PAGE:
Hours & Directions

Trinity Church
7am - 6pm Weekdays
8am - 4pm Saturday
7am - 4pm Sunday
Trinity Churchyard
7am - 4pm Weekdays
8am - 3pm Saturday and Holidays
7am - 3pm Sunday
Mailing Address
120 Broadway, 38th Floor
New York, NY 10271
Trinity Church
Broadway at Wall Street
Broad Street
Rector Street
Wall Street
St. Paul's Chapel
10am - 6pm Monday - Saturday
7am - 6pm Sunday
St. Paul's Churchyard
10am - 4pm Monday - Saturday
7am - 3:30pm Sunday
St. Paul's Chapel
Broadway and Fulton Street
Brooklyn Bridge-City Hall
Chambers Street
Broadway-Nassau Street
8am - 6pm
50 Park Place
Park Place and West Broadway
World Trade Center
Fulton Center
City Hall
Park Place
Chambers Street
Parishioners with key card may access the space from 8am-10pm.
Parish Center
Trinity Place and Rector Street
Broad Street
Rector Street
Wall Street
Trinity Cemetery and Mausoleum
9am - 5pm daily, Memorial Day - Labor Day
9am - 4pm daily after Labor Day
Office open Monday-Friday only
Entrance on 153rd b/w Broadway & Riverside
Trinity Cemetery
155th and Riverside Drive
155th Street
157th Street

Trinity Institute: Listen for a Change

An annual theological conference

January 21-23, 2016

Racial justice is a matter of life or death; we can’t afford to stay silent and tacitly accept the (mostly) invisible systems that support inequalities, create suffering, and deny human dignity. Rather, we need to have an open dialogue—a process that starts with listening.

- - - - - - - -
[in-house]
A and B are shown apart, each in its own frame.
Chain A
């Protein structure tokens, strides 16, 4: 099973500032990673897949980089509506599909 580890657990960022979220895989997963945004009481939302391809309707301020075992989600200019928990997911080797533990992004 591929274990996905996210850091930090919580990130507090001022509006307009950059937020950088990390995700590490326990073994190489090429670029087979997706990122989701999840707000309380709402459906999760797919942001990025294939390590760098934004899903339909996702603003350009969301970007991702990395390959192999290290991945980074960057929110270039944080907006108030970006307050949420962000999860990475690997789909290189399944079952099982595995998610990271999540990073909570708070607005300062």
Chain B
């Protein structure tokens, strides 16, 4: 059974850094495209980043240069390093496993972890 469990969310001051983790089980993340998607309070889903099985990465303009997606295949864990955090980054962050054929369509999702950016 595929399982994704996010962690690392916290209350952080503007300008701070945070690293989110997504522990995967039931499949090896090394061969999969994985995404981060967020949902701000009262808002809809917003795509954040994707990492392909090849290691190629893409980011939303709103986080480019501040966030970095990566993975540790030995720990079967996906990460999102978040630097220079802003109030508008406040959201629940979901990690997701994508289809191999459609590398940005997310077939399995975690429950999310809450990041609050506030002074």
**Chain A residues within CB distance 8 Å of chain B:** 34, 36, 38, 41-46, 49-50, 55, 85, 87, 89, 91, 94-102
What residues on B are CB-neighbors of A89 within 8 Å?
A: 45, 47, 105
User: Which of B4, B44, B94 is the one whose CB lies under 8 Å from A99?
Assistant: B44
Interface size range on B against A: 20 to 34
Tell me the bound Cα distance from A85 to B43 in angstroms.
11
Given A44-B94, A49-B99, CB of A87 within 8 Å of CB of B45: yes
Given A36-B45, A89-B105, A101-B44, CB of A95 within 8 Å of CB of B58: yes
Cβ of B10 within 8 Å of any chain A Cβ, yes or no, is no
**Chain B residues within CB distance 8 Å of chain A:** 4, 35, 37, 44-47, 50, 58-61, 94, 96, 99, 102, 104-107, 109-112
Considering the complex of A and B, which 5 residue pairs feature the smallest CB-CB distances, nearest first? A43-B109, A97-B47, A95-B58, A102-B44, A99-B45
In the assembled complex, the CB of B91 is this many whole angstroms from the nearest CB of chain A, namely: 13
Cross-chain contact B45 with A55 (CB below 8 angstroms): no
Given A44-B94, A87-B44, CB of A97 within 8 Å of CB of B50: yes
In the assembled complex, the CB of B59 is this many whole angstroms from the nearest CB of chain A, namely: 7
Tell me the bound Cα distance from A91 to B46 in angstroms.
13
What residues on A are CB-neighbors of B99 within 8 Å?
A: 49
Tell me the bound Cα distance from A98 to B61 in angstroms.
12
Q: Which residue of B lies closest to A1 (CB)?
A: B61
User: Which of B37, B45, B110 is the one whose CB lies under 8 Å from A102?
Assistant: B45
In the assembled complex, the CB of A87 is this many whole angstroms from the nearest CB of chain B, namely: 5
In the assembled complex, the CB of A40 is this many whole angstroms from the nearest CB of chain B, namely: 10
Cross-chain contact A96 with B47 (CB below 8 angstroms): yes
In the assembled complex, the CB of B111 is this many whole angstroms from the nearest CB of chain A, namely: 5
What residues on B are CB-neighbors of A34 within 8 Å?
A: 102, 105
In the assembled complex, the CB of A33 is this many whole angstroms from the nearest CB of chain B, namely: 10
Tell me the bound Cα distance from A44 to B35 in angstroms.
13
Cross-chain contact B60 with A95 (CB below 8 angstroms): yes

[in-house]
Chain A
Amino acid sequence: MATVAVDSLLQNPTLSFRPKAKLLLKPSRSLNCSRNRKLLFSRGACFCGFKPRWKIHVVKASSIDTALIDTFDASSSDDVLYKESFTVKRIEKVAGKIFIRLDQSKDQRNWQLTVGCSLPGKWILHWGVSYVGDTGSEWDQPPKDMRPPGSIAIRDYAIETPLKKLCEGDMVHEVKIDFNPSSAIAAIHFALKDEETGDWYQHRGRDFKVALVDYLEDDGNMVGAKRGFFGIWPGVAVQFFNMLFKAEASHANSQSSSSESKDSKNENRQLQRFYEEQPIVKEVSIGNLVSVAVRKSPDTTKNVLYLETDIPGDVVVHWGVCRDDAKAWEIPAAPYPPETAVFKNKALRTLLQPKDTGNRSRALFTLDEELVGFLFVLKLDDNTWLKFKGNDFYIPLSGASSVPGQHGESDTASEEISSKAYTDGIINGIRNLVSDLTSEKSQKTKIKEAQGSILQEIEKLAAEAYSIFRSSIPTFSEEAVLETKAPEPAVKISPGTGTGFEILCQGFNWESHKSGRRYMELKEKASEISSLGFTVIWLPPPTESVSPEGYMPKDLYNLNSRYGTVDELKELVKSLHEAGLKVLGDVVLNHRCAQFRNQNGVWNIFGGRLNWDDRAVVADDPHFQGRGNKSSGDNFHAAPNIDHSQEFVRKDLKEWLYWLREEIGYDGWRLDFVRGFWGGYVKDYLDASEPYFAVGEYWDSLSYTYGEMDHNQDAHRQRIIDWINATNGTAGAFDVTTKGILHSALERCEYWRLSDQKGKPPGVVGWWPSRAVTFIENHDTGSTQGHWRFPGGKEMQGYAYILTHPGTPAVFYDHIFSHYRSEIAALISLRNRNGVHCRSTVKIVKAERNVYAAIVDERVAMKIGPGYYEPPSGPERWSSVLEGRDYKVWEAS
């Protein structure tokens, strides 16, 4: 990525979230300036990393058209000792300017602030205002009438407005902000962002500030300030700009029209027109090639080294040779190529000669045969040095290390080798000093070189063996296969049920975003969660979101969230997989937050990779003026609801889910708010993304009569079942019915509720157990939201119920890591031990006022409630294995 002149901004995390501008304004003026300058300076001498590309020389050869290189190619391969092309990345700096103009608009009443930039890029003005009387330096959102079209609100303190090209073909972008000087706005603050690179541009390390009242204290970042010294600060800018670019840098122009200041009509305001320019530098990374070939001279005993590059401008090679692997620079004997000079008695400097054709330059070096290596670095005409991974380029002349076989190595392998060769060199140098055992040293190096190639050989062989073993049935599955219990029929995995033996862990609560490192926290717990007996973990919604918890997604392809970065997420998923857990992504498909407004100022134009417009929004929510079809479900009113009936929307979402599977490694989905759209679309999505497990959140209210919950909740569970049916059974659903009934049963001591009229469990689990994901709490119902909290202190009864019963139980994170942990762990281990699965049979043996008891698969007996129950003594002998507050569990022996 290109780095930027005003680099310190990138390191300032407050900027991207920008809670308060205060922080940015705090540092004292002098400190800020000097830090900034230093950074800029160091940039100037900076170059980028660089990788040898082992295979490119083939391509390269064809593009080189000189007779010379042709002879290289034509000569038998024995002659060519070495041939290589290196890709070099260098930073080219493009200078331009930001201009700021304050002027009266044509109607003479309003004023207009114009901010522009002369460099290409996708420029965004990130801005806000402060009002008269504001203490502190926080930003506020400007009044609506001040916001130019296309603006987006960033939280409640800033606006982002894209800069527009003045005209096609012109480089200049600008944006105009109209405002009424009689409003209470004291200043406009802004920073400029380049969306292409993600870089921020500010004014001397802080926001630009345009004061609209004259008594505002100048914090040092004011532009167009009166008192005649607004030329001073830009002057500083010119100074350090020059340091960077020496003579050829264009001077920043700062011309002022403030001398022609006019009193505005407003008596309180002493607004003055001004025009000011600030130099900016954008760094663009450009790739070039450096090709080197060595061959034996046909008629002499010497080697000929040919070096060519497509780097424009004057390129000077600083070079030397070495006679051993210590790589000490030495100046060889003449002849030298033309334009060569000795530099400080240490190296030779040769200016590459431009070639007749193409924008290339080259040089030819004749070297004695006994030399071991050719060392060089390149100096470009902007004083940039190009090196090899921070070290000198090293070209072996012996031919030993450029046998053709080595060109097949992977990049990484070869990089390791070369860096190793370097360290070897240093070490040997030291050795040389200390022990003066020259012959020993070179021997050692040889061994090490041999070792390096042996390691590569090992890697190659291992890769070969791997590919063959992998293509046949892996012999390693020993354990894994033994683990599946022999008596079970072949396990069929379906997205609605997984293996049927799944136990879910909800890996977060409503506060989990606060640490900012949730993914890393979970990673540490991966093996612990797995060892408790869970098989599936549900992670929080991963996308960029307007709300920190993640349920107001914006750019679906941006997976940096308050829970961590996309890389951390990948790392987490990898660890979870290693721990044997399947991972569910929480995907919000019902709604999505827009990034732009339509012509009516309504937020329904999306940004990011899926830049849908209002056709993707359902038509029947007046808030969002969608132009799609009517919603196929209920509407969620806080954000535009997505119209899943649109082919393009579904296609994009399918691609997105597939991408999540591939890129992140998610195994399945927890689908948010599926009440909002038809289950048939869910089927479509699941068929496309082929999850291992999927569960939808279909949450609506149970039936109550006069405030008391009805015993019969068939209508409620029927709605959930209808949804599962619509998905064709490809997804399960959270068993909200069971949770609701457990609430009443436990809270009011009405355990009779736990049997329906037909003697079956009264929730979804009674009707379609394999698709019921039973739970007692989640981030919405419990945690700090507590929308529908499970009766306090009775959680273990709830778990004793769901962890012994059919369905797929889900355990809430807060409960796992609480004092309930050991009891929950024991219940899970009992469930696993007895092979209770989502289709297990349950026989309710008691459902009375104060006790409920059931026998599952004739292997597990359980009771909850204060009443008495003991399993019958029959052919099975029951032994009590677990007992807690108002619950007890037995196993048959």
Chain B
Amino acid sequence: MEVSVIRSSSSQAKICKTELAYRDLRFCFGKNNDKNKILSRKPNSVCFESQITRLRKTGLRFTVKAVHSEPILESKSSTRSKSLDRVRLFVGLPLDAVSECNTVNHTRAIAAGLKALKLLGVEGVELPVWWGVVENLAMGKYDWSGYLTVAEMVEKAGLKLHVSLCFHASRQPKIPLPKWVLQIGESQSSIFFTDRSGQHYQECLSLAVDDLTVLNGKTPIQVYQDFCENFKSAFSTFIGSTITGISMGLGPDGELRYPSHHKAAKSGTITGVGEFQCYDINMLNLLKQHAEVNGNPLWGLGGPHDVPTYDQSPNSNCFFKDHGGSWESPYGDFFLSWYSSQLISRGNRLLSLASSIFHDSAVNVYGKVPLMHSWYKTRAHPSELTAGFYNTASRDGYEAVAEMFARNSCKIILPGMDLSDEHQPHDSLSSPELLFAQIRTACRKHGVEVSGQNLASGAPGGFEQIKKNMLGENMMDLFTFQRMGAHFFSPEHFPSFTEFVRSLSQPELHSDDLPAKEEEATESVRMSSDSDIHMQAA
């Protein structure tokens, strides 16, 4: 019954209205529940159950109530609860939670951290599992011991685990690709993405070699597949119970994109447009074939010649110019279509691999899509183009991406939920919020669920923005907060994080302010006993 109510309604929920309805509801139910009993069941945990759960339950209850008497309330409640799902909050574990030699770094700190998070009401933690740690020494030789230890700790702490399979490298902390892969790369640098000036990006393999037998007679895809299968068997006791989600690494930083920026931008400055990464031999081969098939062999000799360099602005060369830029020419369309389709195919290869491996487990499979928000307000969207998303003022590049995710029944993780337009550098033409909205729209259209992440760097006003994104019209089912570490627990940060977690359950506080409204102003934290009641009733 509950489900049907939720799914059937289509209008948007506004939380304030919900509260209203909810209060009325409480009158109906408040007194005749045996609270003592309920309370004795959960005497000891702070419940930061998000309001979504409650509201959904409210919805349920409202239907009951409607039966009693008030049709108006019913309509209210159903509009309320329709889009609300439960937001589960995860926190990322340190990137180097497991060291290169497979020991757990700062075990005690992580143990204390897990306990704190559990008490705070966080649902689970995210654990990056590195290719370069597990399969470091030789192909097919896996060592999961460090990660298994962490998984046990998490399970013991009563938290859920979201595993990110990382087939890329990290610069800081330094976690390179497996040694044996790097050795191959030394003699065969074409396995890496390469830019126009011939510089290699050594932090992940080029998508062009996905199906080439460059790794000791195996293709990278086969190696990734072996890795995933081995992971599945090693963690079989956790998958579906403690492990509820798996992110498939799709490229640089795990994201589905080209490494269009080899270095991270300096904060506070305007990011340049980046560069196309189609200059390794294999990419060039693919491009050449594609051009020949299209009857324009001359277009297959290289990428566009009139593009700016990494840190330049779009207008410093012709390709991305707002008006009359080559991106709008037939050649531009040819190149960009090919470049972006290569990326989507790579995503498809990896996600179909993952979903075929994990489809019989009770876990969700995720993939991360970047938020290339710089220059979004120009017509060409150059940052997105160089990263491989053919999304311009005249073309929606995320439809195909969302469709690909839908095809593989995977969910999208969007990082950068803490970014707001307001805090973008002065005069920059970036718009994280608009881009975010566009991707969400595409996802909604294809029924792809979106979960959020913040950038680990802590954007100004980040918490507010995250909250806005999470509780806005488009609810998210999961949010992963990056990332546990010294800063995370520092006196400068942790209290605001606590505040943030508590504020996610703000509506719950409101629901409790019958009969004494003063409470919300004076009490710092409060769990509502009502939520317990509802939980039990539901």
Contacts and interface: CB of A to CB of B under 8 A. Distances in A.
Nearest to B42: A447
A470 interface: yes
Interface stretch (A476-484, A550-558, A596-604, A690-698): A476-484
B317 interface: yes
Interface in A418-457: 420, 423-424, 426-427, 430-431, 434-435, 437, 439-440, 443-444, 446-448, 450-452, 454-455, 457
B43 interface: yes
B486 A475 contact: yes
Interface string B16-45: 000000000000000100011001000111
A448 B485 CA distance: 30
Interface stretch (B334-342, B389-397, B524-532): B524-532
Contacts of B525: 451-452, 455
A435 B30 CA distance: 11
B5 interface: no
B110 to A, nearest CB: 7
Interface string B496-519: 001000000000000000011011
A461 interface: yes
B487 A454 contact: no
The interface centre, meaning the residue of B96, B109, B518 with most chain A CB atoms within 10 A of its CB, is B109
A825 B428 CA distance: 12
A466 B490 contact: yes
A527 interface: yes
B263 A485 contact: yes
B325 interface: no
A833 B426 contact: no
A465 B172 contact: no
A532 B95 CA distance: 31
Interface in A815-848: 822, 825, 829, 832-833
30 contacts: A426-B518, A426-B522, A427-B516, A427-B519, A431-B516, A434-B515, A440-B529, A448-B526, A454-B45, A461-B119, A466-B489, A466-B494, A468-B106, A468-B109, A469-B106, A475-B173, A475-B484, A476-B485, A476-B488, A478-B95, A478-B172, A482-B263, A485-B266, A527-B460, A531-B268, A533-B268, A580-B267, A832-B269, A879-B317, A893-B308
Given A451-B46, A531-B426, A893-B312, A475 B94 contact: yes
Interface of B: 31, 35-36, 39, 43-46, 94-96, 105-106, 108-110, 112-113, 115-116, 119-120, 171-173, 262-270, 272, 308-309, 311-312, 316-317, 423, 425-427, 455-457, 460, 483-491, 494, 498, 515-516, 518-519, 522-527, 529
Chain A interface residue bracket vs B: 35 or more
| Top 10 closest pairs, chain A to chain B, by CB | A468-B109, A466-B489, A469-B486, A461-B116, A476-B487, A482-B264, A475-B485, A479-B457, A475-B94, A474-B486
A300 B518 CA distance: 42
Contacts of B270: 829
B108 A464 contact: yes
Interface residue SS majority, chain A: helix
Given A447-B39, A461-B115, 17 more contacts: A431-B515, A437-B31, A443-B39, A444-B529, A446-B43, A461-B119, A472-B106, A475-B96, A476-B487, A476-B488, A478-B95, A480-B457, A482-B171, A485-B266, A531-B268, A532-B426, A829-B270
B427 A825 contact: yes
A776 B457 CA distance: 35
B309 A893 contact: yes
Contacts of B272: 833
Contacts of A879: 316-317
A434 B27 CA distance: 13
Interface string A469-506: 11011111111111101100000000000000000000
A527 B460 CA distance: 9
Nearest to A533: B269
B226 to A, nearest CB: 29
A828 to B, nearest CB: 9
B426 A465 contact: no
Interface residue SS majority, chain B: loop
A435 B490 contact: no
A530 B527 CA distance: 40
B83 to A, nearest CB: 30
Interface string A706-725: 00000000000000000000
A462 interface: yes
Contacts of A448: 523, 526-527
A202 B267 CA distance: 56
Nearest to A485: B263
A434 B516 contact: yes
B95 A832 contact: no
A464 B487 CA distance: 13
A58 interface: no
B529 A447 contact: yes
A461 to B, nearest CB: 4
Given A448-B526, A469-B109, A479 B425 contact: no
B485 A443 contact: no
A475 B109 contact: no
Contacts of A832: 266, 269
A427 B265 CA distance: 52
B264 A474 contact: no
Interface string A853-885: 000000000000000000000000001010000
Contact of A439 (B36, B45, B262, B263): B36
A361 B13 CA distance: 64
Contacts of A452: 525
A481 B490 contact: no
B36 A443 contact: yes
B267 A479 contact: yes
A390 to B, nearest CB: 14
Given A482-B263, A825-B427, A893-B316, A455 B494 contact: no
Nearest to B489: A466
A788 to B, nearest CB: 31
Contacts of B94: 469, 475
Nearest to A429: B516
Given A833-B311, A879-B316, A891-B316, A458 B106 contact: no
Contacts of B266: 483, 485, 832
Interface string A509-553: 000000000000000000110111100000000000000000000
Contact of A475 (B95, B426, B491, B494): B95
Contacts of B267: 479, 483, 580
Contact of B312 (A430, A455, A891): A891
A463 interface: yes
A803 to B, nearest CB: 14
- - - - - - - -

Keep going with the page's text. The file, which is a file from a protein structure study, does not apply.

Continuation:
TI2016 recognizes that many of us avoid conversations about race because they’re difficult, uncomfortable, or could risk being perceived as prejudiced. The conversations in TI2016 will be learning opportunities: chances to talk skillfully about charged issues with people who might have differing perspectives, with less apprehension. These life-giving conversations will teach us more about the racial issues of our time, including structural racism, mass incarceration, and policy change.
In the words of theologian Gustavo Gutièrrez, “All injustice is a breach with God.” TI2016 brings action-oriented theologians and thought leaders together to provide better understanding, inspiration, and ideas you can use in your community to make a positive impact.


New York Times columnist and two-time Pulitzer Prize winner
Presiding bishop elect of the Episcopal Church
Radio journalist and former host of NPR’s "All Things Considered"
Associate Professor of Sociology, University of California-Santa Barbara
Professor of Social Ethics and Religion, Union Theological Seminary and Columbia University
Actor, playwright, professor, and 1996 MacArthur Fellow
Dean of Vanderbilt Divinity School
Professor of Sociology, Duke University
Professor of Religion, Goucher College